This has proven to be a very valuable point for customers buying at this level. One art buyer contacted Cavan to express his gratitude for their collection, stating that Cavan was literally saving his marriage. He had been working 80-hour weeks, spending a large portion of his time combing through stock photo collections in search of high quality lifestyle images. Once he discovered Cavan he was able to significantly cut down his time spent searching – by over 8 hours each week – allowing him to get home in time for dinner with his wife and daughter.
Peter and Corbin share this story with almost everyone they meet. They feel it embodies who they are as a business. They’re not interested in being everything for everyone like so many agencies. They’re driven by the premium quality of their content and marketing it to those who are happy to pay for it.
Cavan for Contributors
By design, Cavan has a relatively small quantity of contributors. As you can imagine, the quality bar is extremely high.
Through their in-house retouching team called Lumatik, Cavan does all the post production, leaving contributors to concentrate on shooting. They also do all the keywording and distribution. So photographers can literally upload the memory card from the camera and immediately focus on their next shoot.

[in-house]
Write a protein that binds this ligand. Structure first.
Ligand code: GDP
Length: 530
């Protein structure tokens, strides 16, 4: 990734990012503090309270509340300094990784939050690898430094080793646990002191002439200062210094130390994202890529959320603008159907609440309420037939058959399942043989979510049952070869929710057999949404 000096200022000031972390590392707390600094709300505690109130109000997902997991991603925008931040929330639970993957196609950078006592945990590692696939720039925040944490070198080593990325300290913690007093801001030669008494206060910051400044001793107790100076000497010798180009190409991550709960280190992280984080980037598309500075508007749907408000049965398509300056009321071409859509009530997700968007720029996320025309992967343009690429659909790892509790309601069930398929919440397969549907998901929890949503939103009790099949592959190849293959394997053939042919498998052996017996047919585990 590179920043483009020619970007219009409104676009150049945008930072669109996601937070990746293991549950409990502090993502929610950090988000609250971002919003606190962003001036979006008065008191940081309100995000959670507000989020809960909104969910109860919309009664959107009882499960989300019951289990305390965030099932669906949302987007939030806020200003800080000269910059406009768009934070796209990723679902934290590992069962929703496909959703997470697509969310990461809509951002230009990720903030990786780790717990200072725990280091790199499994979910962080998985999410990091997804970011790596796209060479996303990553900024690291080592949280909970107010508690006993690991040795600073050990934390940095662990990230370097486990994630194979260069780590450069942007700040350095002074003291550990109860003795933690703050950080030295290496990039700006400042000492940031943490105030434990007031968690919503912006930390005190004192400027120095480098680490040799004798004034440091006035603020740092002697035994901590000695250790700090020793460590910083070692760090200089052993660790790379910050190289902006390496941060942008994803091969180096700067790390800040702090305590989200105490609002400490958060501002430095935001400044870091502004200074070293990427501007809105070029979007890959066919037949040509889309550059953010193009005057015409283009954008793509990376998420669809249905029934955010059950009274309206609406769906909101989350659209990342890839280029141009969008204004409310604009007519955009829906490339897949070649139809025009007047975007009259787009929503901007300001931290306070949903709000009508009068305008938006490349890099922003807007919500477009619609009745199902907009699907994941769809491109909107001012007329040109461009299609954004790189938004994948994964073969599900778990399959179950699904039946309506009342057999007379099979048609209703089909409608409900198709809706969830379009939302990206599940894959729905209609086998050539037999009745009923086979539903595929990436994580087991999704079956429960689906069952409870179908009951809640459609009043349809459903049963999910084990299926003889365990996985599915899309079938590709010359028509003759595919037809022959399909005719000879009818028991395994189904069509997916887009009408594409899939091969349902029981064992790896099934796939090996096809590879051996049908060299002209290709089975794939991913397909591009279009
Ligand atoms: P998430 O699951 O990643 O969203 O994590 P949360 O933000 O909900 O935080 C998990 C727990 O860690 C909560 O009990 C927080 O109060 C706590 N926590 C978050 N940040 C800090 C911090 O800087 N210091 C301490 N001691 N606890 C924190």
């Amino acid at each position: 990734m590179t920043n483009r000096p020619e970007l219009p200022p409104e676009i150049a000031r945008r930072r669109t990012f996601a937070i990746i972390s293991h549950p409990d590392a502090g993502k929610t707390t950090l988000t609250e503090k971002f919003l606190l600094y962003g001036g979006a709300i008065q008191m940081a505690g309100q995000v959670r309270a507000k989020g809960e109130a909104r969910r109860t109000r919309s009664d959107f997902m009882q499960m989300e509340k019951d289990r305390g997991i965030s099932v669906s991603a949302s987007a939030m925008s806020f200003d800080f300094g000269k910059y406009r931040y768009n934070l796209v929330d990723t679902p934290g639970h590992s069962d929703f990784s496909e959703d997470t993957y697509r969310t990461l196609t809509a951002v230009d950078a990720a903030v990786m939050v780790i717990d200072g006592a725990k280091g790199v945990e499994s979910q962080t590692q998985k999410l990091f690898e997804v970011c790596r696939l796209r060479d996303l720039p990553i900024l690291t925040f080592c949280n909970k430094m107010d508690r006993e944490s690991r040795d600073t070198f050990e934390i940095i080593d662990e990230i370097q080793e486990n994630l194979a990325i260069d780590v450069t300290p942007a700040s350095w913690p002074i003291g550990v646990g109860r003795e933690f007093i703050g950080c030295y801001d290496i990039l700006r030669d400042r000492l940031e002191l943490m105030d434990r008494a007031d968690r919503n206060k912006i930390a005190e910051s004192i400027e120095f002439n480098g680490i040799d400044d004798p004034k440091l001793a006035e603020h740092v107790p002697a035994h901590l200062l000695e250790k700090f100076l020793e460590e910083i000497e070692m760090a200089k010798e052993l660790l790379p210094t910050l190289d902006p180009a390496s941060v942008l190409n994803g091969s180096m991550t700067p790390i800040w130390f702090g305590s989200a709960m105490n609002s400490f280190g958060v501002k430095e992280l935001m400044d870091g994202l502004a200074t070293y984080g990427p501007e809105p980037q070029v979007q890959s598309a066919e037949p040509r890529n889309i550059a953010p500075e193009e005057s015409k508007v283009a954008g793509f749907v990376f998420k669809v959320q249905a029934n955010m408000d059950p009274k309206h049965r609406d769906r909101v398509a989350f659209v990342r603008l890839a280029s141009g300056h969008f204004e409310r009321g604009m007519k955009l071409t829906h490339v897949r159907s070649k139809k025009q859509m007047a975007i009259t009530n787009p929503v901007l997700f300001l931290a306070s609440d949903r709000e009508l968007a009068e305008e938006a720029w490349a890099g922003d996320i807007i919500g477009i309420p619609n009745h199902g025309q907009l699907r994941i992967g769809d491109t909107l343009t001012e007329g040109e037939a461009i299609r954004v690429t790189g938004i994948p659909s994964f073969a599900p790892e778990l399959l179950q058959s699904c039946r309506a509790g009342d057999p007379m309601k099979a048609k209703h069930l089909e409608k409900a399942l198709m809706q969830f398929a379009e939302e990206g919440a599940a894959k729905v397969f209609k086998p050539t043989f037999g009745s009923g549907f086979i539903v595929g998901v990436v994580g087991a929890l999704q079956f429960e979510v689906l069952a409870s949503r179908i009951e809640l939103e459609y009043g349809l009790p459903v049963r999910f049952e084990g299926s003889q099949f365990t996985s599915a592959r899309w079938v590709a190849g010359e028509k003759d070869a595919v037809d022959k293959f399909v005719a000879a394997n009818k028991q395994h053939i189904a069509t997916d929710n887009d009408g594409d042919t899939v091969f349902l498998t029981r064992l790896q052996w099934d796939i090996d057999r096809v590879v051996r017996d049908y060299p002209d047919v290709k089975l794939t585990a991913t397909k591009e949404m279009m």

It’s image exclusive, so their contributors do dedicated shoots just for them. They provide a lot of art direction and guidance so photographers can shoot what’s in demand and in a style that works at the PRF level.
Because the bulk of their sales come via third-party distributors, they can’t promote the wholly owned portion of the collection above contributed images. This is key because it means Cavan has skin in the game just like their contributors, leading to them pushing the entire collection harder, negotiating better distribution deals, and fiercely protecting the brand.
Cavan doesn’t count many career stock photographers among its contributors. As you can see from the style, the images are not stocky at all, yet sit closer to commercial than artistic. It’s not a rule, but stock photographers need to shoot in a way that’s consistent with the Cavan style. If you’re a stock shooter and interested in working with Cavan, it’s better to apply with a link to your personal work rather than your stock portfolio.